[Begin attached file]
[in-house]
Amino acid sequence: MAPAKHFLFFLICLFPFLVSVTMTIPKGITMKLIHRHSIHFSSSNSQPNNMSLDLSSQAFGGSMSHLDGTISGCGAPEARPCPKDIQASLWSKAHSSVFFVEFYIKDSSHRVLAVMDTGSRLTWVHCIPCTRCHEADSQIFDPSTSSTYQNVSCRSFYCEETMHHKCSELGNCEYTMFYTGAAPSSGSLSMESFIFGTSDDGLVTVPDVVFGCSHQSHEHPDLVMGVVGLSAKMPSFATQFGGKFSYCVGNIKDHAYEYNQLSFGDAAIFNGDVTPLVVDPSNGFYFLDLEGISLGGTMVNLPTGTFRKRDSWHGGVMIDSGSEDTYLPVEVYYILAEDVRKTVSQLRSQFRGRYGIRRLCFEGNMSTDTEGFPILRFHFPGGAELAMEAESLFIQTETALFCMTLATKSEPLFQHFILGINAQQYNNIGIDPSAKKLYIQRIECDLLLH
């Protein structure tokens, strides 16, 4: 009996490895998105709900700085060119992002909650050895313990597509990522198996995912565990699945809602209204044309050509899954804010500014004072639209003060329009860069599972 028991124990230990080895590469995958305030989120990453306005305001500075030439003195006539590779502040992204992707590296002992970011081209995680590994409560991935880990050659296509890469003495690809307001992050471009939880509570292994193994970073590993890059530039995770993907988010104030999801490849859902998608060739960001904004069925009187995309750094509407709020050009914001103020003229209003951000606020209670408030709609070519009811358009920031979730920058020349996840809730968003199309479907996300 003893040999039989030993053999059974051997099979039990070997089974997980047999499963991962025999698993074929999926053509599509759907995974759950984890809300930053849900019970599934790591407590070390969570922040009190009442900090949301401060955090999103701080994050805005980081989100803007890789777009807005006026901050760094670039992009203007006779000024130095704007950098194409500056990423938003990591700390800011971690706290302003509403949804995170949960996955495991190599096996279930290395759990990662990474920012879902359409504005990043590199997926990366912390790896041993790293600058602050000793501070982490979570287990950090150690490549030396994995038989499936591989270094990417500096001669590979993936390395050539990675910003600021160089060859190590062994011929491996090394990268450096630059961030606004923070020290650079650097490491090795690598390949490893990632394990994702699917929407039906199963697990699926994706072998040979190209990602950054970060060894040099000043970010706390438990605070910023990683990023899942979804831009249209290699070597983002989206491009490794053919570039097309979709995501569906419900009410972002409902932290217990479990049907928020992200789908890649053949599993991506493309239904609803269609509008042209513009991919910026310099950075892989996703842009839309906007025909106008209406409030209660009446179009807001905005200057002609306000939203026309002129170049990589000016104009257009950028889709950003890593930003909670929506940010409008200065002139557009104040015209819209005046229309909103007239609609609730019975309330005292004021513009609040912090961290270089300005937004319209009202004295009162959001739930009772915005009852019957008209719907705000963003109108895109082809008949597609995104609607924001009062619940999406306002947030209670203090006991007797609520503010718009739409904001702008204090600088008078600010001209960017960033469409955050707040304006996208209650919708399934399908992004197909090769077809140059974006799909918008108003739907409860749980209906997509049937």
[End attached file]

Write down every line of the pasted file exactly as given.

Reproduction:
[in-house]
Amino acid sequence: MAPAKHFLFFLICLFPFLVSVTMTIPKGITMKLIHRHSIHFSSSNSQPNNMSLDLSSQAFGGSMSHLDGTISGCGAPEARPCPKDIQASLWSKAHSSVFFVEFYIKDSSHRVLAVMDTGSRLTWVHCIPCTRCHEADSQIFDPSTSSTYQNVSCRSFYCEETMHHKCSELGNCEYTMFYTGAAPSSGSLSMESFIFGTSDDGLVTVPDVVFGCSHQSHEHPDLVMGVVGLSAKMPSFATQFGGKFSYCVGNIKDHAYEYNQLSFGDAAIFNGDVTPLVVDPSNGFYFLDLEGISLGGTMVNLPTGTFRKRDSWHGGVMIDSGSEDTYLPVEVYYILAEDVRKTVSQLRSQFRGRYGIRRLCFEGNMSTDTEGFPILRFHFPGGAELAMEAESLFIQTETALFCMTLATKSEPLFQHFILGINAQQYNNIGIDPSAKKLYIQRIECDLLLH
């Protein structure tokens, strides 16, 4: 009996490895998105709900700085060119992002909650050895313990597509990522198996995912565990699945809602209204044309050509899954804010500014004072639209003060329009860069599972 028991124990230990080895590469995958305030989120990453306005305001500075030439003195006539590779502040992204992707590296002992970011081209995680590994409560991935880990050659296509890469003495690809307001992050471009939880509570292994193994970073590993890059530039995770993907988010104030999801490849859902998608060739960001904004069925009187995309750094509407709020050009914001103020003229209003951000606020209670408030709609070519009811358009920031979730920058020349996840809730968003199309479907996300 003893040999039989030993053999059974051997099979039990070997089974997980047999499963991962025999698993074929999926053509599509759907995974759950984890809300930053849900019970599934790591407590070390969570922040009190009442900090949301401060955090999103701080994050805005980081989100803007890789777009807005006026901050760094670039992009203007006779000024130095704007950098194409500056990423938003990591700390800011971690706290302003509403949804995170949960996955495991190599096996279930290395759990990662990474920012879902359409504005990043590199997926990366912390790896041993790293600058602050000793501070982490979570287990950090150690490549030396994995038989499936591989270094990417500096001669590979993936390395050539990675910003600021160089060859190590062994011929491996090394990268450096630059961030606004923070020290650079650097490491090795690598390949490893990632394990994702699917929407039906199963697990699926994706072998040979190209990602950054970060060894040099000043970010706390438990605070910023990683990023899942979804831009249209290699070597983002989206491009490794053919570039097309979709995501569906419900009410972002409902932290217990479990049907928020992200789908890649053949599993991506493309239904609803269609509008042209513009991919910026310099950075892989996703842009839309906007025909106008209406409030209660009446179009807001905005200057002609306000939203026309002129170049990589000016104009257009950028889709950003890593930003909670929506940010409008200065002139557009104040015209819209005046229309909103007239609609609730019975309330005292004021513009609040912090961290270089300005937004319209009202004295009162959001739930009772915005009852019957008209719907705000963003109108895109082809008949597609995104609607924001009062619940999406306002947030209670203090006991007797609520503010718009739409904001702008204090600088008078600010001209960017960033469409955050707040304006996208209650919708399934399908992004197909090769077809140059974006799909918008108003739907409860749980209906997509049937």